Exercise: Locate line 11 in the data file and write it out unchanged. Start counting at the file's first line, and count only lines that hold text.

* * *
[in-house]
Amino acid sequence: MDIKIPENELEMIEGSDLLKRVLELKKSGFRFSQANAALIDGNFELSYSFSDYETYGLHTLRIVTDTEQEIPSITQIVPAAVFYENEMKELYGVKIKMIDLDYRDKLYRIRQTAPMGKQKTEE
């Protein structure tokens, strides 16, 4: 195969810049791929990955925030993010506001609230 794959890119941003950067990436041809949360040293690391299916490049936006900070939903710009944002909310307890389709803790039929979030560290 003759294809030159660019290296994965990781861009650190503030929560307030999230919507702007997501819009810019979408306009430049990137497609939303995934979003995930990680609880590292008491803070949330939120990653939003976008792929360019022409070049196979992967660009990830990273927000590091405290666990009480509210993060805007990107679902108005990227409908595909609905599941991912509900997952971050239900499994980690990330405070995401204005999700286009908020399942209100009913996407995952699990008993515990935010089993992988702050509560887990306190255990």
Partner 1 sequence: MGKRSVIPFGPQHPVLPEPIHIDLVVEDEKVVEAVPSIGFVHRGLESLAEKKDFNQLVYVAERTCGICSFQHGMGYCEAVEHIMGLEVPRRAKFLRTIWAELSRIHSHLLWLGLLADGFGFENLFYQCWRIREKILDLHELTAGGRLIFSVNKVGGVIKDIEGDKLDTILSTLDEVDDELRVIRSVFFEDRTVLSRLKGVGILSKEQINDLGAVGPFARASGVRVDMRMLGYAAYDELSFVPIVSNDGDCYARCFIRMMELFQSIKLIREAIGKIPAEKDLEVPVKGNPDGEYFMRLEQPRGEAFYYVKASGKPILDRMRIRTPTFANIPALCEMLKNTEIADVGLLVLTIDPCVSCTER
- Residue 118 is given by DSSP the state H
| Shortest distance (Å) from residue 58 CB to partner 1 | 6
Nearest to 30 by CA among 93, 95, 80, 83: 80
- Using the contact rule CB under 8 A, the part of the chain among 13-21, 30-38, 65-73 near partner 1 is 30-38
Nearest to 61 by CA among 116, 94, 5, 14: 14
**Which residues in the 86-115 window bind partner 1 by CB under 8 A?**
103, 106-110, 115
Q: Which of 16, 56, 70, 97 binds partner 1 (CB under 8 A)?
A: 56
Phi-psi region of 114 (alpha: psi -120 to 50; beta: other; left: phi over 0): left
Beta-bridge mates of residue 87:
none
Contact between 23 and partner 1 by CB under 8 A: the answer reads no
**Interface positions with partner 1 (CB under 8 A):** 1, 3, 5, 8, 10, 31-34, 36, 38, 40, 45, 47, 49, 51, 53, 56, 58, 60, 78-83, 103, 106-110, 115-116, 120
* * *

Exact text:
103, 106-110, 115